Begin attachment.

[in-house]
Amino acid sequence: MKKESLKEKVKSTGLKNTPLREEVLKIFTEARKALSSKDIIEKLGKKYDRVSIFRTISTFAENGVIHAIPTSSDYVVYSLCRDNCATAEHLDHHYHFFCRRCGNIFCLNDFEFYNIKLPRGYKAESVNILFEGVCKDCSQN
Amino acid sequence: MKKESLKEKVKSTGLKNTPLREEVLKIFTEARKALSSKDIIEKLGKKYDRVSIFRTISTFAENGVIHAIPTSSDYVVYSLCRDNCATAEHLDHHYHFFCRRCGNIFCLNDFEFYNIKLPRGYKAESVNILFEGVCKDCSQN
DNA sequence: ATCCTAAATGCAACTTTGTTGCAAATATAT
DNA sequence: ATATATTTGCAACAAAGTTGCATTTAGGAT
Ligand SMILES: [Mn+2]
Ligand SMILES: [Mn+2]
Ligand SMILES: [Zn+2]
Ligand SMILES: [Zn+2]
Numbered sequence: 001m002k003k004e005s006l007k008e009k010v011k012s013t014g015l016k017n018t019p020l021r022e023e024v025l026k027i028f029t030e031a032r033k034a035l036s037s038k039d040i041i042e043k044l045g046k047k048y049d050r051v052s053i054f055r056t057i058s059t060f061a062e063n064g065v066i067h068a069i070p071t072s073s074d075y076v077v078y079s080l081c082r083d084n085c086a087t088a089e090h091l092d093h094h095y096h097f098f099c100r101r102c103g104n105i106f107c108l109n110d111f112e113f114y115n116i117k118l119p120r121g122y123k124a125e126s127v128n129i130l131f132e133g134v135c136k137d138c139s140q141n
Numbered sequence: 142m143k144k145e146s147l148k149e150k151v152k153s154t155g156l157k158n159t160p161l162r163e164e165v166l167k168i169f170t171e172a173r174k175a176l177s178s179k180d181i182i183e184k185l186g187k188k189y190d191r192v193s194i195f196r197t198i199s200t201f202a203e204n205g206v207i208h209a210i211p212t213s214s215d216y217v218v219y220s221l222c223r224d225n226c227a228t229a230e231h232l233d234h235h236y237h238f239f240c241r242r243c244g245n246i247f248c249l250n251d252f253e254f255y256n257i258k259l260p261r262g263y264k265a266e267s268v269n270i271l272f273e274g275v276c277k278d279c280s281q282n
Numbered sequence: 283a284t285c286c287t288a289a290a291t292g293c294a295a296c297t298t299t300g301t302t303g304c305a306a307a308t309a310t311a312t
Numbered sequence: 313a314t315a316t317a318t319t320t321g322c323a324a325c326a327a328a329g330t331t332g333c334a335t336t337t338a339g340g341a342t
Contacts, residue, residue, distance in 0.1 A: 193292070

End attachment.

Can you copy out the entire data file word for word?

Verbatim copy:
[in-house]
Amino acid sequence: MKKESLKEKVKSTGLKNTPLREEVLKIFTEARKALSSKDIIEKLGKKYDRVSIFRTISTFAENGVIHAIPTSSDYVVYSLCRDNCATAEHLDHHYHFFCRRCGNIFCLNDFEFYNIKLPRGYKAESVNILFEGVCKDCSQN
Amino acid sequence: MKKESLKEKVKSTGLKNTPLREEVLKIFTEARKALSSKDIIEKLGKKYDRVSIFRTISTFAENGVIHAIPTSSDYVVYSLCRDNCATAEHLDHHYHFFCRRCGNIFCLNDFEFYNIKLPRGYKAESVNILFEGVCKDCSQN
DNA sequence: ATCCTAAATGCAACTTTGTTGCAAATATAT
DNA sequence: ATATATTTGCAACAAAGTTGCATTTAGGAT
Ligand SMILES: [Mn+2]
Ligand SMILES: [Mn+2]
Ligand SMILES: [Zn+2]
Ligand SMILES: [Zn+2]
Numbered sequence: 001m002k003k004e005s006l007k008e009k010v011k012s013t014g015l016k017n018t019p020l021r022e023e024v025l026k027i028f029t030e031a032r033k034a035l036s037s038k039d040i041i042e043k044l045g046k047k048y049d050r051v052s053i054f055r056t057i058s059t060f061a062e063n064g065v066i067h068a069i070p071t072s073s074d075y076v077v078y079s080l081c082r083d084n085c086a087t088a089e090h091l092d093h094h095y096h097f098f099c100r101r102c103g104n105i106f107c108l109n110d111f112e113f114y115n116i117k118l119p120r121g122y123k124a125e126s127v128n129i130l131f132e133g134v135c136k137d138c139s140q141n
Numbered sequence: 142m143k144k145e146s147l148k149e150k151v152k153s154t155g156l157k158n159t160p161l162r163e164e165v166l167k168i169f170t171e172a173r174k175a176l177s178s179k180d181i182i183e184k185l186g187k188k189y190d191r192v193s194i195f196r197t198i199s200t201f202a203e204n205g206v207i208h209a210i211p212t213s214s215d216y217v218v219y220s221l222c223r224d225n226c227a228t229a230e231h232l233d234h235h236y237h238f239f240c241r242r243c244g245n246i247f248c249l250n251d252f253e254f255y256n257i258k259l260p261r262g263y264k265a266e267s268v269n270i271l272f273e274g275v276c277k278d279c280s281q282n
Numbered sequence: 283a284t285c286c287t288a289a290a291t292g293c294a295a296c297t298t299t300g301t302t303g304c305a306a307a308t309a310t311a312t
Numbered sequence: 313a314t315a316t317a318t319t320t321g322c323a324a325c326a327a328a329g330t331t332g333c334a335t336t337t338a339g340g341a342t
Contacts, residue, residue, distance in 0.1 A: 193292070